Breakfast habits may play a role in how we metabolize high-protein breakfasts, according to a recently published University of Missouri study. An MU researcher compared young women who typically skip breakfast to those who routinely eat breakfast and found that their metabolic responses to eating a high-protein breakfast were different. Specifically, the habitual breakfast skippers experienced poorer glucose control throughout the day when they consumed a high-protein breakfast, while those who typically ate a high-carbohydrate breakfast had improved glucose control after they ate a high-protein breakfast.

“Current scientific evidence shows that sustained elevations in post-meal glucose is a strong contributor of poor glycemic control and is associated with an increased risk for the development of Type 2 diabetes and cardiovascular complications,” said Heather Leidy, an assistant professor in the MU department of Nutrition and Exercise Physiology. “Because of the potential risk in the long term, identifying dietary strategies that individuals can begin when they are young to reduce post-meal elevations in glucose might prevent the occurrence of Type 2 diabetes and cardiovascular disease.”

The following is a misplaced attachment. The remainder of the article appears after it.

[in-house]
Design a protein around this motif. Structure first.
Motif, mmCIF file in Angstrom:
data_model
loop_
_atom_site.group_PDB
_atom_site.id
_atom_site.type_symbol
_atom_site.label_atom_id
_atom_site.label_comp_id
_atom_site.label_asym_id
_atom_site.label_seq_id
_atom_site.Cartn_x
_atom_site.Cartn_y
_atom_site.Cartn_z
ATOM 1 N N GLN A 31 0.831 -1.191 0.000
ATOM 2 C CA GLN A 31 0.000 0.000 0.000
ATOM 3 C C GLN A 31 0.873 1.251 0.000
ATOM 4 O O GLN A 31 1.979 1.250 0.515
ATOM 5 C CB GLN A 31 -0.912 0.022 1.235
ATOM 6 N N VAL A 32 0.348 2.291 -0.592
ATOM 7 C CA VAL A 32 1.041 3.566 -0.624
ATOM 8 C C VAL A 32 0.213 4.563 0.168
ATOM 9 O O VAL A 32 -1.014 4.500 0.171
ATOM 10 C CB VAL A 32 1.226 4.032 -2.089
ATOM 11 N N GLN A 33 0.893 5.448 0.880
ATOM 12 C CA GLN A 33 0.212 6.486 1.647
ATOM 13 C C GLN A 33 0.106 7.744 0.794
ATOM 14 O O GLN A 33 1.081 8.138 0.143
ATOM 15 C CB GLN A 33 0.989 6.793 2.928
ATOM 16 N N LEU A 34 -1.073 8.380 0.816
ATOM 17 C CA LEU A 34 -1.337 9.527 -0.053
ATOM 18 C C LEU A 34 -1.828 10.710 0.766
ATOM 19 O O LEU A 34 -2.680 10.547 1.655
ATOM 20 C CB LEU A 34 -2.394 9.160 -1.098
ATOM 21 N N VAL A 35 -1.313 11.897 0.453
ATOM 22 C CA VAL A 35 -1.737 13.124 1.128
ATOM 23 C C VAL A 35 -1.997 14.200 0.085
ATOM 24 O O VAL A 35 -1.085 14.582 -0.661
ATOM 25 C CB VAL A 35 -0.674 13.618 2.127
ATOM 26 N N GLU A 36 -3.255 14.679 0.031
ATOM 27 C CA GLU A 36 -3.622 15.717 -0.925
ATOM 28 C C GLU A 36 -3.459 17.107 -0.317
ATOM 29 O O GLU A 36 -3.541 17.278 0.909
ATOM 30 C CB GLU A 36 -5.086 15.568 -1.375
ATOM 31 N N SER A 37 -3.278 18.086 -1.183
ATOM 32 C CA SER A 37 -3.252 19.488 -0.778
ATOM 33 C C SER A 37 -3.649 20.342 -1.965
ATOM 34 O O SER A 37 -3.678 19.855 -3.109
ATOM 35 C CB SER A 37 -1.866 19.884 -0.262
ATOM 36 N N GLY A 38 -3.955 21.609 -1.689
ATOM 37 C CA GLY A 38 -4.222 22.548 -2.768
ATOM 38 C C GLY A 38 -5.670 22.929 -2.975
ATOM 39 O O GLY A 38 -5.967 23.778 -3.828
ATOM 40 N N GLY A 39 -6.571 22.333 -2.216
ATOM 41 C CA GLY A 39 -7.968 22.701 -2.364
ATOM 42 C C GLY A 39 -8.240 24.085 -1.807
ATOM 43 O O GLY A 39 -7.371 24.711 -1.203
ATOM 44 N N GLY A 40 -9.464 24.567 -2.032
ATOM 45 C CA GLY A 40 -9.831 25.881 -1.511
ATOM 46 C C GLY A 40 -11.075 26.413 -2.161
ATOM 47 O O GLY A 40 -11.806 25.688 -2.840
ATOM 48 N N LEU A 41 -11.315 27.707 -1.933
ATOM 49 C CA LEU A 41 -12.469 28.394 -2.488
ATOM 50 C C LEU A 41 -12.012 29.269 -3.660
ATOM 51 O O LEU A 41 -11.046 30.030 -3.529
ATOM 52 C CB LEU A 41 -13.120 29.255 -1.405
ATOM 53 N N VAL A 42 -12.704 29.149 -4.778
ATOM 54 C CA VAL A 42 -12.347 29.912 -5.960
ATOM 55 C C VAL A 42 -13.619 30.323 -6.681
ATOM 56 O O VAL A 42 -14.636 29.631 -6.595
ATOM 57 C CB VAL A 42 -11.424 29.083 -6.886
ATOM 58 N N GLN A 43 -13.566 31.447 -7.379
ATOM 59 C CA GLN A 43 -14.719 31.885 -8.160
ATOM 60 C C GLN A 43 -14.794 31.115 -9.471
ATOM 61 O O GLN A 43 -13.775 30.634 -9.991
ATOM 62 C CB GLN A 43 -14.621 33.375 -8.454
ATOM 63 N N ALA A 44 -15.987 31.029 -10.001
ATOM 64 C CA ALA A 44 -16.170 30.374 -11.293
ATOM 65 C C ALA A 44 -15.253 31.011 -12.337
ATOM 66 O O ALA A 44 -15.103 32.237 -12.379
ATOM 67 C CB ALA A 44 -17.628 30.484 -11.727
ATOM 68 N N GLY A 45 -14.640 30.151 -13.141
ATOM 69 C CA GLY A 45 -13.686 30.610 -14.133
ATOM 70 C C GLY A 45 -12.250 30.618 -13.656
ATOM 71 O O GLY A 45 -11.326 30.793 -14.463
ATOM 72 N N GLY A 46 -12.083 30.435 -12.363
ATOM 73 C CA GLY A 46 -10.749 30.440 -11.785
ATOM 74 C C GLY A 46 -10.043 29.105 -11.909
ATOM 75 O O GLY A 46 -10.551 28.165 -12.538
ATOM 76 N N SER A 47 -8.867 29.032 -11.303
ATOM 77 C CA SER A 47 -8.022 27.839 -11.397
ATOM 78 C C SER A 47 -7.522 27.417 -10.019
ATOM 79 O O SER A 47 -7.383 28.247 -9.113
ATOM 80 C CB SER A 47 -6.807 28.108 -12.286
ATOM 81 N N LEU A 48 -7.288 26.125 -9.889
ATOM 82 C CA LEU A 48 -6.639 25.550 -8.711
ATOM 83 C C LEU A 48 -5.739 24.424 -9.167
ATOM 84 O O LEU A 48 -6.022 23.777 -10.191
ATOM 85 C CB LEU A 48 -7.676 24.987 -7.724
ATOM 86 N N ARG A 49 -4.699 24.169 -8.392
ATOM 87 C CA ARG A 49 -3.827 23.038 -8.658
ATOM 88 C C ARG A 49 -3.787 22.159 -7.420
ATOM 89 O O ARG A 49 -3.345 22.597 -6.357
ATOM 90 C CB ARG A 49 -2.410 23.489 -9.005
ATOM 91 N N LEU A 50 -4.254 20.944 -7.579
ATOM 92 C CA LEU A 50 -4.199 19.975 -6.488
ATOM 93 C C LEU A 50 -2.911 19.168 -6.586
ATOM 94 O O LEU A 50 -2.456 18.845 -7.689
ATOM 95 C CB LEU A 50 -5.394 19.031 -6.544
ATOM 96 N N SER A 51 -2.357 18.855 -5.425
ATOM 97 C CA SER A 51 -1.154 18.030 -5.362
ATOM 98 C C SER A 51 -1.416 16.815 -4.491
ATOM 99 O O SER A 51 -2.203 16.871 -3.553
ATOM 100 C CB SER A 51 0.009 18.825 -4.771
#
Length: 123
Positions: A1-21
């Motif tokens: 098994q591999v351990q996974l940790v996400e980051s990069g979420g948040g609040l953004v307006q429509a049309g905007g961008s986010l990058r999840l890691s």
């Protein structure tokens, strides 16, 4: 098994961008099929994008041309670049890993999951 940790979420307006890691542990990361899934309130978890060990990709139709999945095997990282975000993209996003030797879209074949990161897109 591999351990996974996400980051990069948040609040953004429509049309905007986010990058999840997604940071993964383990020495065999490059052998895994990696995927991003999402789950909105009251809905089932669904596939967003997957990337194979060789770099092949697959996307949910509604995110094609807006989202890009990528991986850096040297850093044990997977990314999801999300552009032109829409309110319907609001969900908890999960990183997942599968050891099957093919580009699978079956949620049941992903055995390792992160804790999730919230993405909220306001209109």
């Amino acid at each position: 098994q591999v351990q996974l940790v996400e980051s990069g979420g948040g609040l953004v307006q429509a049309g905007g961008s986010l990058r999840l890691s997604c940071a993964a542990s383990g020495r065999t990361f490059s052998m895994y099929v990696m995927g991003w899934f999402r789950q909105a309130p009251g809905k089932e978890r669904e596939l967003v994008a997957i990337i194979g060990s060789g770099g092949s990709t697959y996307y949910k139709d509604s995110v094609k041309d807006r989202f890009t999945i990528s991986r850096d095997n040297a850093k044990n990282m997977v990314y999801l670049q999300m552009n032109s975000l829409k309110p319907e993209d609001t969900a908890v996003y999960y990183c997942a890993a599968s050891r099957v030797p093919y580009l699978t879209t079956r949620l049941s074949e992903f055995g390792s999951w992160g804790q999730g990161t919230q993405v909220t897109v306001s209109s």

For habitual breakfast skippers, eating a high-protein breakfast led to elevated glucose levels throughout the day compared to skipping breakfast, whereas the standard, high-carbohydrate breakfast did not influence these responses. However, among those who routinely ate breakfast, the high-protein breakfasts led to reduced glucose levels throughout the day.

“These findings may indicate an increased inability among habitual breakfast skippers to metabolize a large quantity of protein,” Leidy said. “Unfortunately, we don’t know yet how long someone who has been skipping breakfast needs to continue eating breakfast to experience benefits. However, our data would suggest that once someone begins to eat breakfast, they should gradually transition to a breakfast with more protein – or about 30 grams – to elicit improvements in glycemic control.”

sciencedaily.com
2/25/15

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